Written by Summa Brooks

Educator

Eskay Kids – Springfield

9 activities for active children after day care

  • AFL

(Image via Auskick)

No matter the type of ball, getting the kids involved in team sport early will help them learn to cooperate with others and make valuable friends. Plus, if they’re full of beans after you pick them up from daycare, it’s a great way to burn off excess energy.

 

  • Gymnastics

Local YMCAs and some gyms will have a gymnastics team or practice times. There’s floor, trampoline, and a variety of other exercises that’ll build strength, coordination, and self-esteem. Research if there’s a gym near your home or within a reasonable distance and if they’ve got a program for your young ones.

(Image via Brisbane Kids)

This is an essential skill to learn, and who knows? Maybe one day your son or daughter will be a gold medalist. Swim clinics are available before and after school/daycare and on weekends. There’s holiday clinics in some places, too.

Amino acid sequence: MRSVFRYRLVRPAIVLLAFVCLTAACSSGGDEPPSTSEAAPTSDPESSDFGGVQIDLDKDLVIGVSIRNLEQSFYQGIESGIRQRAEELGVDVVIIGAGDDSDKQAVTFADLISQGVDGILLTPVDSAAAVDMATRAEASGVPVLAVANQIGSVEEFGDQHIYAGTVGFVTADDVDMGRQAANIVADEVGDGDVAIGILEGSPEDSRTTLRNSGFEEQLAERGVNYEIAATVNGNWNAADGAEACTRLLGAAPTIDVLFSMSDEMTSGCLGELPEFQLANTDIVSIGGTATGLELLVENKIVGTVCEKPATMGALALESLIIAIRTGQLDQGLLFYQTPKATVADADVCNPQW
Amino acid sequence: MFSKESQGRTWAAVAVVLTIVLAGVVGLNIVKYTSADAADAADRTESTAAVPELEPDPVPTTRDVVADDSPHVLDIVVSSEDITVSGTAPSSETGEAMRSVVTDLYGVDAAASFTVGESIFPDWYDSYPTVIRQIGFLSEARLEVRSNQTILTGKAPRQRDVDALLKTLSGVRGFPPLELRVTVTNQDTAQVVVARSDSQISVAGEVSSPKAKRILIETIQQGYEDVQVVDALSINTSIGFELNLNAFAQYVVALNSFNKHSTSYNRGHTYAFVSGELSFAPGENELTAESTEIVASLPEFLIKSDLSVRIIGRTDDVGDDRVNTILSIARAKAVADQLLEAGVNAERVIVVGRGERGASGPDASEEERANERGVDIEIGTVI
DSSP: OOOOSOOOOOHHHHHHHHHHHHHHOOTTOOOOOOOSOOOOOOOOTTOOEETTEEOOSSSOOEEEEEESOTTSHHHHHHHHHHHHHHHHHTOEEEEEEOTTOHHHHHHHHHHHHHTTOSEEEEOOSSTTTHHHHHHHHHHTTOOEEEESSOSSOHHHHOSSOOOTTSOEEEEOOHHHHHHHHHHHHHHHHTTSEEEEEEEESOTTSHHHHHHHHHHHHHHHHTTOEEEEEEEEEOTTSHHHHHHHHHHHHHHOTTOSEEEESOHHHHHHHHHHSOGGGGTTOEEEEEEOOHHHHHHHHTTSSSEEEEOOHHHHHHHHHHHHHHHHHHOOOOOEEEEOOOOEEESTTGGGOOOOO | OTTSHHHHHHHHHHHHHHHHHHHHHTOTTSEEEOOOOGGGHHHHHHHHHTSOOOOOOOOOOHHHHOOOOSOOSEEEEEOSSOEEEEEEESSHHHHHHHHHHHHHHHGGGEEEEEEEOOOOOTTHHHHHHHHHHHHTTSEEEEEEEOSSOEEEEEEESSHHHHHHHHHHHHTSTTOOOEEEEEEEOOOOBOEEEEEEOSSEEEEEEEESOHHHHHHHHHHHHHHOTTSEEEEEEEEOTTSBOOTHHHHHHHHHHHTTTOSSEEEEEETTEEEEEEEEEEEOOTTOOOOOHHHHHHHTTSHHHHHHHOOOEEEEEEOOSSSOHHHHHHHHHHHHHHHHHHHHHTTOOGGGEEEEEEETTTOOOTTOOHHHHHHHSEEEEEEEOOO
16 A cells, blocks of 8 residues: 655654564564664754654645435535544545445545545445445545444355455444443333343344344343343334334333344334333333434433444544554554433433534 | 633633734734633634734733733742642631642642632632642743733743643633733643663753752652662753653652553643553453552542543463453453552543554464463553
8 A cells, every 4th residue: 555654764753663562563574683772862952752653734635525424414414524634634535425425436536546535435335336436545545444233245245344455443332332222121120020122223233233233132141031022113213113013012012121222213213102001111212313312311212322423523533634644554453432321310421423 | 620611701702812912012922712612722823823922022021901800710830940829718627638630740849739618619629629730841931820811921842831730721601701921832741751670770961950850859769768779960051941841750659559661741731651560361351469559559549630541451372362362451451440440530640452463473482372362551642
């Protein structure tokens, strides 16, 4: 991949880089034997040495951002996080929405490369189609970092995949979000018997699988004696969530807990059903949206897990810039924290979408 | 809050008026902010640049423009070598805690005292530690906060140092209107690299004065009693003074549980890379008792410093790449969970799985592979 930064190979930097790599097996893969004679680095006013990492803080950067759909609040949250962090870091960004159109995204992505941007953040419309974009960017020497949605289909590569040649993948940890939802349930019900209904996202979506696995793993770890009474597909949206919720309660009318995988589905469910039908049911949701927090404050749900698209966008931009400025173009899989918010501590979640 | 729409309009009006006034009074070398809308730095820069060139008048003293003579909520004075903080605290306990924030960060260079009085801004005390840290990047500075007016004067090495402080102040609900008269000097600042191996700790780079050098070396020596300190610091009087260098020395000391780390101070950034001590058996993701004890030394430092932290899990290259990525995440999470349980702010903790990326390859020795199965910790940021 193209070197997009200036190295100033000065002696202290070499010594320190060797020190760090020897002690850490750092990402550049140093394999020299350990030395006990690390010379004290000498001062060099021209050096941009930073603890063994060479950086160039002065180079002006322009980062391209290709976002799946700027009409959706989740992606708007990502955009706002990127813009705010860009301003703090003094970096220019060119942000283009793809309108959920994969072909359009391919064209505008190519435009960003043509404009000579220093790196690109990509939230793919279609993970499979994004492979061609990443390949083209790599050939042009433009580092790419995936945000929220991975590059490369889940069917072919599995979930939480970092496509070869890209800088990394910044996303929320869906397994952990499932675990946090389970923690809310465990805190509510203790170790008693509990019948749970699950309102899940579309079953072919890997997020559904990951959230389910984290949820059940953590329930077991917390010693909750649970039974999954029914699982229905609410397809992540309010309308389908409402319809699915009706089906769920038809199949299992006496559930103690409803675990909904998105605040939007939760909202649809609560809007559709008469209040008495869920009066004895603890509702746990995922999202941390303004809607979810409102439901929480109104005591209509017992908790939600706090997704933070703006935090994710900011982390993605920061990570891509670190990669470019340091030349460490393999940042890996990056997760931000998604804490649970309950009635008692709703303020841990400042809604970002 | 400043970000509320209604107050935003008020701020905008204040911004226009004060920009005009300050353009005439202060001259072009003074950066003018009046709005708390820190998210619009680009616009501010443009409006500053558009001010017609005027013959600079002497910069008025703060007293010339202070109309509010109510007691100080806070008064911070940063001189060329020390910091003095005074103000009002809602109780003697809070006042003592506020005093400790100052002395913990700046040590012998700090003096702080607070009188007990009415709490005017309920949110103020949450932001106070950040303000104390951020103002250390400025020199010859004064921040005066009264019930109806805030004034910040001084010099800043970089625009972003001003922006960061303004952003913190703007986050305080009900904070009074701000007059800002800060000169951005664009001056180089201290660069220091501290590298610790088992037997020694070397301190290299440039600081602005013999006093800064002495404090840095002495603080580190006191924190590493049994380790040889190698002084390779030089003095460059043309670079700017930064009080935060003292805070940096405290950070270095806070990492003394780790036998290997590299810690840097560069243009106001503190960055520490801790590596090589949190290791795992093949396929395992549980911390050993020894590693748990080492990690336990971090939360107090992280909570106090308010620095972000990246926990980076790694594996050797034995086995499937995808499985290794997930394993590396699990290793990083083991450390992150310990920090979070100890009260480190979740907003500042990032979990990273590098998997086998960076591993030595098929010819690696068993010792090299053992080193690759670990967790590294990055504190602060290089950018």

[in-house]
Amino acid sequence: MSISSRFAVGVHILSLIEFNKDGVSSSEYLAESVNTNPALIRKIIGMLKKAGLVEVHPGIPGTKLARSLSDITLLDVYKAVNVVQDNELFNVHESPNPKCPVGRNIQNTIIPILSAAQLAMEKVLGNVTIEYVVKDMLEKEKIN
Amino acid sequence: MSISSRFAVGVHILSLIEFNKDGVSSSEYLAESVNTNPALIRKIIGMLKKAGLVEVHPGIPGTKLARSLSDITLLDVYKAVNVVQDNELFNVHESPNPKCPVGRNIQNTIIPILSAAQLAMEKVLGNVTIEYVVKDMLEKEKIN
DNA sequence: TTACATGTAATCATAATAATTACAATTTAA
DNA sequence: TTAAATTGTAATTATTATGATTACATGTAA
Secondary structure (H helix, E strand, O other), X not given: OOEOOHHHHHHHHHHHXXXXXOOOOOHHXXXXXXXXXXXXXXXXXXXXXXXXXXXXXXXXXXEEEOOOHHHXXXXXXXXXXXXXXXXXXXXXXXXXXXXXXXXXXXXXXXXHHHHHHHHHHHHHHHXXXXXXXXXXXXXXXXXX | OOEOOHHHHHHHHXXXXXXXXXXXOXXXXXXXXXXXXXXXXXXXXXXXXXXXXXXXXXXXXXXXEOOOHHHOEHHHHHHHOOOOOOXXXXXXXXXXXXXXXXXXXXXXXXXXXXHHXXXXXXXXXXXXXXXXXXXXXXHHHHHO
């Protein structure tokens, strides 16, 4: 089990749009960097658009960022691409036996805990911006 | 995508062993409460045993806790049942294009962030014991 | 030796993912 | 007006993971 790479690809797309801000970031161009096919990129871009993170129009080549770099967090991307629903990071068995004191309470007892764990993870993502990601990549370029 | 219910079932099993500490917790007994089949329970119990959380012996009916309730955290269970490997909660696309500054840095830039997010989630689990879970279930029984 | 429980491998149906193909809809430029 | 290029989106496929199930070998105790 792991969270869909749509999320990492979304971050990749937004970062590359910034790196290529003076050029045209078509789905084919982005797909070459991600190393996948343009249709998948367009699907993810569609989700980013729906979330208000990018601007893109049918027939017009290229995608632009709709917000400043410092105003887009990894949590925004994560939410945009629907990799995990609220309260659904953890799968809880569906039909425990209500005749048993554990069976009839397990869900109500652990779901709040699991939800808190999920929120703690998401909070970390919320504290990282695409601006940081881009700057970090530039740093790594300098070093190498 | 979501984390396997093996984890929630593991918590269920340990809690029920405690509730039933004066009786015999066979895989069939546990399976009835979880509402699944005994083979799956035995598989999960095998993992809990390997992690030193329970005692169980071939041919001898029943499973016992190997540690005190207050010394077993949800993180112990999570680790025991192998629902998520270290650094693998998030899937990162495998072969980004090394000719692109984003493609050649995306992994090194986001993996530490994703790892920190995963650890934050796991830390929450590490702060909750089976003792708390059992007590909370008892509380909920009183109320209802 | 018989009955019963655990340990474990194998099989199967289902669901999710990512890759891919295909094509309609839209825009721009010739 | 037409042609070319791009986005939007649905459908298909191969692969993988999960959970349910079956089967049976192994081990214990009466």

• Jiujitsu/karate/taekwondo

Starting martial arts young teaches children the importance of discipline, respect, and self defence. Martial Arts Queensland has a list of locations in Brisbane where you can enrol your child after day care. There’s also options available at the Redlands PCYC.

 

  • Music practice

Mozart wrote symphonies before he was ten! Not all children have this ability, but nurturing a genuine love of music will help your child’s development and confidence (read 10 ways how music enhances your child’s education by Kidspot).

There’s lots of music schools and private lesson options around Brisbane. Your child might not take up music seriously until they start school. Starting early doesn’t hurt, and some classes offer parent/child music and dance lessons.

 

  • Drama/art classes

Let their artistic side out! Children are naturally creative, even if they’re shy. Going to a drama class will build their confidence. If they enjoy art at daycare, set up some water colour paints at home or find an art program, like these ones on Brisbane Kids.